I should perhaps myself note, however, the way that curiously, while the two artists have been engaged in entirely different artistic enterprises—undergirded, they would argue, by entirely opposite readings of history—many of Hockney’s and Irwin’s core concerns have come to seem, to me at any rate, almost entirely identical: the emphasis, for instance, on the critique of photography, the countervailing celebration of the human quality of looking and experience, the focus on the centrality of the observer, the vitality of the periphery, the interpenetrations of art and science, the dialogue of immanence.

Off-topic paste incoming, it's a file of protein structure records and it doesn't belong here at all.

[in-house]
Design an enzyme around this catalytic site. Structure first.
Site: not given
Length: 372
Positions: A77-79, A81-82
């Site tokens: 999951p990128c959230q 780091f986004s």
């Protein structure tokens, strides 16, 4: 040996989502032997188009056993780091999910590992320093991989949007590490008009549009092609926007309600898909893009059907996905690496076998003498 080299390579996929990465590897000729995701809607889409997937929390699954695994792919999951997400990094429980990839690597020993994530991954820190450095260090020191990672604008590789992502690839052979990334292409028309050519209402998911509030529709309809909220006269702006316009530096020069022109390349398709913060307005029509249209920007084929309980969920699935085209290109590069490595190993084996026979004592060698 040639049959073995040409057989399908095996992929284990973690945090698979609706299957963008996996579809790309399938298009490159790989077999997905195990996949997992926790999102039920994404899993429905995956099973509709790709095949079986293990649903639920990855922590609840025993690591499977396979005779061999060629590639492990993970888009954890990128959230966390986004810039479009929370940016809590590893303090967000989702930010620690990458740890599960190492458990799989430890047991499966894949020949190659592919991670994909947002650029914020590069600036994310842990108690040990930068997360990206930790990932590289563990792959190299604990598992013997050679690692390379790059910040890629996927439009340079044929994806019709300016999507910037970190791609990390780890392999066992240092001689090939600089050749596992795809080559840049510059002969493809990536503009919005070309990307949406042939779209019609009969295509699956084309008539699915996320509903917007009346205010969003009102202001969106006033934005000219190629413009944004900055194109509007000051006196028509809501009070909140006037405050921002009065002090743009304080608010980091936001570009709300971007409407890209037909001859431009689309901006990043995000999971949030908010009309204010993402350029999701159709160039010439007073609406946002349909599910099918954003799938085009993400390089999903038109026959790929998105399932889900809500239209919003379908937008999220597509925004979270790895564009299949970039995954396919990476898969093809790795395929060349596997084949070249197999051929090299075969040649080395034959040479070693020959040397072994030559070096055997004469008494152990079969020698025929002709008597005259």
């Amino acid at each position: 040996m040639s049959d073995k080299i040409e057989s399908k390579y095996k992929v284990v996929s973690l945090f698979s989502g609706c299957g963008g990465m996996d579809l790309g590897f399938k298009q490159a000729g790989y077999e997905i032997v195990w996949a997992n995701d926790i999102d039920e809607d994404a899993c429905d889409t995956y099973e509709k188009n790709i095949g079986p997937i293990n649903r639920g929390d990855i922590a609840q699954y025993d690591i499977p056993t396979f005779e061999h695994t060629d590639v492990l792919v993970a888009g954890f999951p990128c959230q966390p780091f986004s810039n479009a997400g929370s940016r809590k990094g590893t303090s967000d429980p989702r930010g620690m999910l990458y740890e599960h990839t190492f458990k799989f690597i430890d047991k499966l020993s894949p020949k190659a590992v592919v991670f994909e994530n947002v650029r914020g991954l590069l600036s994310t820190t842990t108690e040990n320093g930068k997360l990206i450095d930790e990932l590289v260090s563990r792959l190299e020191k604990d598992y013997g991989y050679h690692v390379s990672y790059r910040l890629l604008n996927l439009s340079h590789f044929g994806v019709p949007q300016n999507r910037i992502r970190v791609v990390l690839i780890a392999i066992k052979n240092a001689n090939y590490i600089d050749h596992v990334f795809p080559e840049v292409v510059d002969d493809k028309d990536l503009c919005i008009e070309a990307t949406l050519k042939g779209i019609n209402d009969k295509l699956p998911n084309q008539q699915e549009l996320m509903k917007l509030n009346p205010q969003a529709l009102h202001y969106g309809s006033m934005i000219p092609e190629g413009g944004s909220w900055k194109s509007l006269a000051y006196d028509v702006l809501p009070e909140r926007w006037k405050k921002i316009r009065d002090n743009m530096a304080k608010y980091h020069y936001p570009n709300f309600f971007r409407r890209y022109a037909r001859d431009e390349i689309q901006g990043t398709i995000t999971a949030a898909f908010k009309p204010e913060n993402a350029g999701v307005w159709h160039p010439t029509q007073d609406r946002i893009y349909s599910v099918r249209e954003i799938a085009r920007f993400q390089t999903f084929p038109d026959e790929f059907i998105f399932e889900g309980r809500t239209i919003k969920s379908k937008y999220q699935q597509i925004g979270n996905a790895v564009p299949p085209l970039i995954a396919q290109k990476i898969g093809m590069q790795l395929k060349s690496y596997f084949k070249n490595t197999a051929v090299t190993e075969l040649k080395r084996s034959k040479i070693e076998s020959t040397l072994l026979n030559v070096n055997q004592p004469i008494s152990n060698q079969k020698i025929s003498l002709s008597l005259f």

Hockney recently embarked on an extended series of lush landscape paintings documenting the changing seasons in the beloved eastern Yorkshire of his youth. And, granted, what could possibly seem more retrograde from Irwin’s point of view? (“You get me all wrong,” Irwin once said to me with regard to Hockney, before concluding, witheringly, “I’ve always thought him a first-rate practitioner.”) But what in turn is one to make of Hockney’s recent characterization to me of those deliriously colorful nature studies, devoid of any human presence, as figure paintings? Figure, I asked him, taking the bait, what figure? There’s no figure in these paintings. “You,” Hockney replied triumphantly, “you, the viewer, are the figure.” And one can’t imagine Irwin’s having parsed things any plainer.
more from The Believer here.